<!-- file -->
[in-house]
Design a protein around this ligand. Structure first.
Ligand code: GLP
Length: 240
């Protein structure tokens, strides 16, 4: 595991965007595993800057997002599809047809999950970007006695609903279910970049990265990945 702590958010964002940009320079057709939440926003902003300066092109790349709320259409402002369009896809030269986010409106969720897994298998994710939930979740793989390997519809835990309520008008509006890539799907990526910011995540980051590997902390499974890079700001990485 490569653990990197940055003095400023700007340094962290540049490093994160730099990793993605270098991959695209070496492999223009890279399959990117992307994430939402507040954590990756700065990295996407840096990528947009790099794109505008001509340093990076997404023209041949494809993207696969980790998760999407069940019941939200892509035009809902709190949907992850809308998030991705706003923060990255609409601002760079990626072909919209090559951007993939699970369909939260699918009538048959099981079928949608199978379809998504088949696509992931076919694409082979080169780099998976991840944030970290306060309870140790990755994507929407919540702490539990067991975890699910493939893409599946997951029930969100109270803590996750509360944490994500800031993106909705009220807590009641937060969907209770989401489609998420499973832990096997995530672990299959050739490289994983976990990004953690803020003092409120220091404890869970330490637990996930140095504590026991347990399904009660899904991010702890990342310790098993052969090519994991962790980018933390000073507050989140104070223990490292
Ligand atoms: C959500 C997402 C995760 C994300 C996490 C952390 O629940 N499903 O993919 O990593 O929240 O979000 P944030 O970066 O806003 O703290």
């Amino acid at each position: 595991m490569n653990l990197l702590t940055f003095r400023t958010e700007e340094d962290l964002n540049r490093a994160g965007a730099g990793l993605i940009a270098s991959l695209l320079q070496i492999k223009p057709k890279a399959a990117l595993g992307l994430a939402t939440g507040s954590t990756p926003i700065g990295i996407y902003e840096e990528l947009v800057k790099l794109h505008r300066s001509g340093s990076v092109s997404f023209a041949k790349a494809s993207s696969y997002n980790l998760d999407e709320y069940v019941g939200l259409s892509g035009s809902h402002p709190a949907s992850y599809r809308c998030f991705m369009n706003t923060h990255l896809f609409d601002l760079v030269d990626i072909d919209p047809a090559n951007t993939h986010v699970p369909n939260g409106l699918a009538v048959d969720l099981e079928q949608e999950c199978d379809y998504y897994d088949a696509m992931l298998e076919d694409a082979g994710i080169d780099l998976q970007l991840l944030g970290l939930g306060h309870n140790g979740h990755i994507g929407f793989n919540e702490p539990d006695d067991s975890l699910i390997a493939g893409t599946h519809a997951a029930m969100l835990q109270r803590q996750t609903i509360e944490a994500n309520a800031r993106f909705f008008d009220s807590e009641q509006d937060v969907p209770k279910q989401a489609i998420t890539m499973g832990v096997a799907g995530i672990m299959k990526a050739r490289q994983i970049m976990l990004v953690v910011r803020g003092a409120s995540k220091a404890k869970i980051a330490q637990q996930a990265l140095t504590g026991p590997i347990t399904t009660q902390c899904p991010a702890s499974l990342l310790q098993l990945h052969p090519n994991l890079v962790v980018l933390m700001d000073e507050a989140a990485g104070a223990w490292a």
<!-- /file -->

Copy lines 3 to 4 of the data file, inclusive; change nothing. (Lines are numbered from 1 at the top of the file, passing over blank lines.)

Ligand code: GLP
Length: 240